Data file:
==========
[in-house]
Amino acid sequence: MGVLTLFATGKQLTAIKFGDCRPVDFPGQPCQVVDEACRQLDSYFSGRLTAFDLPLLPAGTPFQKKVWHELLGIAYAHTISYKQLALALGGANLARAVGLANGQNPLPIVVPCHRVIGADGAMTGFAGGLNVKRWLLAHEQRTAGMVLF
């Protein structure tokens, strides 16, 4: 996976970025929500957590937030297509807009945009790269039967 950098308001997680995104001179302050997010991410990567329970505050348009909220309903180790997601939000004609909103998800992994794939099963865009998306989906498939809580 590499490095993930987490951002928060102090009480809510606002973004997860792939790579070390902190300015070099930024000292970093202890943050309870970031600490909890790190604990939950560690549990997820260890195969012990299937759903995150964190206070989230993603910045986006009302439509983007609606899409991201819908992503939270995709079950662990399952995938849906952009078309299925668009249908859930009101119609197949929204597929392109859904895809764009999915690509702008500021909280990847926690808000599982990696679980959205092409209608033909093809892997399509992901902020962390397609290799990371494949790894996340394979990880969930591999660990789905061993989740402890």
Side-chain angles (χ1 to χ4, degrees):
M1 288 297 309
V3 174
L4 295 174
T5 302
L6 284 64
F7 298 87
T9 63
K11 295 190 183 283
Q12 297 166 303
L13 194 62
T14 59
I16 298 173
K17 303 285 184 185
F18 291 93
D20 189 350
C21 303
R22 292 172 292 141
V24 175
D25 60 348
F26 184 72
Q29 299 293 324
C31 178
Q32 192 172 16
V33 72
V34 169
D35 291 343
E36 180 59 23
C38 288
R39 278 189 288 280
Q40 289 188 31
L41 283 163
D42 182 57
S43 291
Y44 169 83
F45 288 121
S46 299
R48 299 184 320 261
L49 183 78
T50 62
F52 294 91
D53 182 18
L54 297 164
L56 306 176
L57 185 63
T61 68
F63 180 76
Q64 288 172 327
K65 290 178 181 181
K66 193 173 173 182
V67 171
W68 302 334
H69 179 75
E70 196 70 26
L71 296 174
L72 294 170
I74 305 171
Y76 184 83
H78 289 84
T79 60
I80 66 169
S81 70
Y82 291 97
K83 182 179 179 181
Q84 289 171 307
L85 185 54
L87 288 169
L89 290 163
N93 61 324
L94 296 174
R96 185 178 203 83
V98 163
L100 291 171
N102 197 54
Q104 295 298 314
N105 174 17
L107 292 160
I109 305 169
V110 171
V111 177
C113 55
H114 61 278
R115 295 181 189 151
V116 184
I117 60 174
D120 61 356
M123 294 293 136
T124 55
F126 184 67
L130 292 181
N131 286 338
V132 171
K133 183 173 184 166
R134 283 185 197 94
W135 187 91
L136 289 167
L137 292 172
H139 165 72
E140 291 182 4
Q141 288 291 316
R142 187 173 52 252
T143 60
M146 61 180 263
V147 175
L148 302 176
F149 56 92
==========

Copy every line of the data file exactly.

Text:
[in-house]
Amino acid sequence: MGVLTLFATGKQLTAIKFGDCRPVDFPGQPCQVVDEACRQLDSYFSGRLTAFDLPLLPAGTPFQKKVWHELLGIAYAHTISYKQLALALGGANLARAVGLANGQNPLPIVVPCHRVIGADGAMTGFAGGLNVKRWLLAHEQRTAGMVLF
């Protein structure tokens, strides 16, 4: 996976970025929500957590937030297509807009945009790269039967 950098308001997680995104001179302050997010991410990567329970505050348009909220309903180790997601939000004609909103998800992994794939099963865009998306989906498939809580 590499490095993930987490951002928060102090009480809510606002973004997860792939790579070390902190300015070099930024000292970093202890943050309870970031600490909890790190604990939950560690549990997820260890195969012990299937759903995150964190206070989230993603910045986006009302439509983007609606899409991201819908992503939270995709079950662990399952995938849906952009078309299925668009249908859930009101119609197949929204597929392109859904895809764009999915690509702008500021909280990847926690808000599982990696679980959205092409209608033909093809892997399509992901902020962390397609290799990371494949790894996340394979990880969930591999660990789905061993989740402890």
Side-chain angles (χ1 to χ4, degrees):
M1 288 297 309
V3 174
L4 295 174
T5 302
L6 284 64
F7 298 87
T9 63
K11 295 190 183 283
Q12 297 166 303
L13 194 62
T14 59
I16 298 173
K17 303 285 184 185
F18 291 93
D20 189 350
C21 303
R22 292 172 292 141
V24 175
D25 60 348
F26 184 72
Q29 299 293 324
C31 178
Q32 192 172 16
V33 72
V34 169
D35 291 343
E36 180 59 23
C38 288
R39 278 189 288 280
Q40 289 188 31
L41 283 163
D42 182 57
S43 291
Y44 169 83
F45 288 121
S46 299
R48 299 184 320 261
L49 183 78
T50 62
F52 294 91
D53 182 18
L54 297 164
L56 306 176
L57 185 63
T61 68
F63 180 76
Q64 288 172 327
K65 290 178 181 181
K66 193 173 173 182
V67 171
W68 302 334
H69 179 75
E70 196 70 26
L71 296 174
L72 294 170
I74 305 171
Y76 184 83
H78 289 84
T79 60
I80 66 169
S81 70
Y82 291 97
K83 182 179 179 181
Q84 289 171 307
L85 185 54
L87 288 169
L89 290 163
N93 61 324
L94 296 174
R96 185 178 203 83
V98 163
L100 291 171
N102 197 54
Q104 295 298 314
N105 174 17
L107 292 160
I109 305 169
V110 171
V111 177
C113 55
H114 61 278
R115 295 181 189 151
V116 184
I117 60 174
D120 61 356
M123 294 293 136
T124 55
F126 184 67
L130 292 181
N131 286 338
V132 171
K133 183 173 184 166
R134 283 185 197 94
W135 187 91
L136 289 167
L137 292 172
H139 165 72
E140 291 182 4
Q141 288 291 316
R142 187 173 52 252
T143 60
M146 61 180 263
V147 175
L148 302 176
F149 56 92